- Specific indicators (For details regarding individual diagnostic procedures, see the individual articles.)
|Different diagnostics for causes of secondary hypertension|
|Diagnostic findings||Underlying condition|
|Electrolyte and acid-base status|
| || |
|Difference in blood pressure|| |
|Sleep disorder|| |
|Urinalysis|| || |
| || |
Screening for hypertension (USPSTF recommendations) 
- Individuals 18–39 years of age with normal blood pressure (< 130/85 mm Hg) and without other risk factors: Screen every 3–5 years.
- Individuals > 40 years of age or who are at increased risk for high blood pressure : Screen every year.
Nonpharmacological measures (lifestyle changes for managing hypertension)
|Intervention (in order of effectiveness)||Target||Approximate systolic BP reduction in hypertensive patients|
|Weight loss|| |
|DASH diet|| || |
|Decrease dietary sodium|| || |
|Exercise||Aerobic|| || |
|Dynamic resistance (e.g., weight training)|| || |
|Isometric resistance (e.g., handgrip exercise)|| || |
|Increase dietary potassium|| || |
|Decreased alcohol intake|| |
|Smoking cessation|| || |
Nonpharmacological measures should be pursued in any patient with a systolic BP > 130 mm Hg or a diastolic BP > 90 mm Hg.
Patients should be taught to measure their own blood pressure to allow for long-term monitoring and assessment of treatment efficiency.
Pharmacologic treatment 
|Guideline||Indication for pharmacological therapy||Treatment goal|
|JNC 8|| |
Initiation of treatment
Number of antihypertensives
- Newly diagnosed hypertension with BP < 150/90 mm Hg: Begin therapy with one primary antihypertensive.
- Newly diagnosed hypertension with BP > 150/90 mm Hg: Begin therapy with two primary antihypertensives.
- Choice of antihypertensive drug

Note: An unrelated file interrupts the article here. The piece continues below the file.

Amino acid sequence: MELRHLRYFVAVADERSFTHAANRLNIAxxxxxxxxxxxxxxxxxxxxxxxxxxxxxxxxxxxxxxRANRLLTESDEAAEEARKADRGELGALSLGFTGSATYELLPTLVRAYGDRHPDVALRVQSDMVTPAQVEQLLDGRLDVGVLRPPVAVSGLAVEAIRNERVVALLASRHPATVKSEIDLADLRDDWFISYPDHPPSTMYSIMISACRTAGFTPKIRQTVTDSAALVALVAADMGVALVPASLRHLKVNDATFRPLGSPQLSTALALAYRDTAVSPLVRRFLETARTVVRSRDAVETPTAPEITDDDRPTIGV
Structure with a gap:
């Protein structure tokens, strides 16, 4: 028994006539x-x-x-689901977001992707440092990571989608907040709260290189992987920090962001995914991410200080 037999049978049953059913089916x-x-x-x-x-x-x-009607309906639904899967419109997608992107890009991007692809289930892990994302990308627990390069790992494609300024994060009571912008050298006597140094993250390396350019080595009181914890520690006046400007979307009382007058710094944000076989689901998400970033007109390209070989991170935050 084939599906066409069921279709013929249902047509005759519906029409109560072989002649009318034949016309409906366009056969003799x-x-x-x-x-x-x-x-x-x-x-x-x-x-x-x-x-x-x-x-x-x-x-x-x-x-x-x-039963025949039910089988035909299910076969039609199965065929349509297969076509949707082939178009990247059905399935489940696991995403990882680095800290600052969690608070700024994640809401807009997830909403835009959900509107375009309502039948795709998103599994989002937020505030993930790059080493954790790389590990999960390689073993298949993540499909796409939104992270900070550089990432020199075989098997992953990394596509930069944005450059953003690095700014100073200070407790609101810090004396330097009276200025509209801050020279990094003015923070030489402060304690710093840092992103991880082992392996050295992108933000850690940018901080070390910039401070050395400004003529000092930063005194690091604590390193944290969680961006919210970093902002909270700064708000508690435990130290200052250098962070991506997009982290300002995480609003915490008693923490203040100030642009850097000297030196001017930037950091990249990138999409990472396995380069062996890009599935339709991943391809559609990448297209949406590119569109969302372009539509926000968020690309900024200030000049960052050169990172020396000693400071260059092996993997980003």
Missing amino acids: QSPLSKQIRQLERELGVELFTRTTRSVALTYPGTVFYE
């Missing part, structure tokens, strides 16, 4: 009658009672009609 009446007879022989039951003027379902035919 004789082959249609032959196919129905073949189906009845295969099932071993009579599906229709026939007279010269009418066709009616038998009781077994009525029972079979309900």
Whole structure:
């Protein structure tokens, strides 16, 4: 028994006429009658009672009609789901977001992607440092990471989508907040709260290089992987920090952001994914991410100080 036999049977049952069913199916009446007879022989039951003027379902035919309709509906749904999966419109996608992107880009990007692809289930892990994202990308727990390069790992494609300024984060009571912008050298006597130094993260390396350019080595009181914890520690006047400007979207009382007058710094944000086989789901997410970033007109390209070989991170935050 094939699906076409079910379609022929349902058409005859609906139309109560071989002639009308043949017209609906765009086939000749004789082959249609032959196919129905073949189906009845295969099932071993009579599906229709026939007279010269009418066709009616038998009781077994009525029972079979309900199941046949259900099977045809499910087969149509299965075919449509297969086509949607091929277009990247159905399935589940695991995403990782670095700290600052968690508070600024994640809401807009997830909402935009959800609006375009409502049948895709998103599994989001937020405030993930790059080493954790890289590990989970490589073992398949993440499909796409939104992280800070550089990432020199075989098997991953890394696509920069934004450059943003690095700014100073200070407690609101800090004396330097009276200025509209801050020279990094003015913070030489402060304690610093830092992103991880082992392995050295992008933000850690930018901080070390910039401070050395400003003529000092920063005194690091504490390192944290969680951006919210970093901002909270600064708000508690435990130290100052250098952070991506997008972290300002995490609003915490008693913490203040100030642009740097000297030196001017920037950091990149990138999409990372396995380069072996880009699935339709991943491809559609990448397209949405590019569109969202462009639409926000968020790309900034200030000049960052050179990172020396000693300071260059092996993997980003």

- Non-African American patients (including individuals with diabetes): thiazide-type diuretic, calcium channel blocker (CCB), angiotensin-converting enzyme inhibitor (ACEI), or angiotensin receptor blocker (ARB)
- African American patients (including individuals with diabetes): thiazide-type diuretic or CCB
- In adults with chronic kidney disease: initial (or add-on) treatment should include an ACEI OR ARB to improve kidney outcome.
- Number of antihypertensives
|Overview of antihypertensive drugs|
|Drug class||Comments||Side effects|
|(e.g., lisinopril, captopril, enalapril)|
|ARBs (e.g., losartan, valsartan)|
|(e.g., hydrochlorothiazide, chlorthalidone)|| |
|Dihydropyridines(e.g., nifedipine, amlodipine)|
|Nondihydropyridines (e.g., diltiazem, verapamil)|| |
|(e.g., propranolol, metoprolol, labetalol)|| |
|furosemide, torsemide)(e.g.,|| |
|(e.g., eplerenone, spironolactone)|| |
|(e.g., prazosin, doxazosin)|
|(e.g., clonidine)|| |
|Direct arteriolar vasodilators (e.g., hydralazine, nitroprusside)|
Follow-up: Reassess within one month of initiating or changing pharmacological therapy.
- If blood pressure is controlled: Reassess after 3–6 months and annually thereafter.
If the treatment goal cannot be reached with two drugs: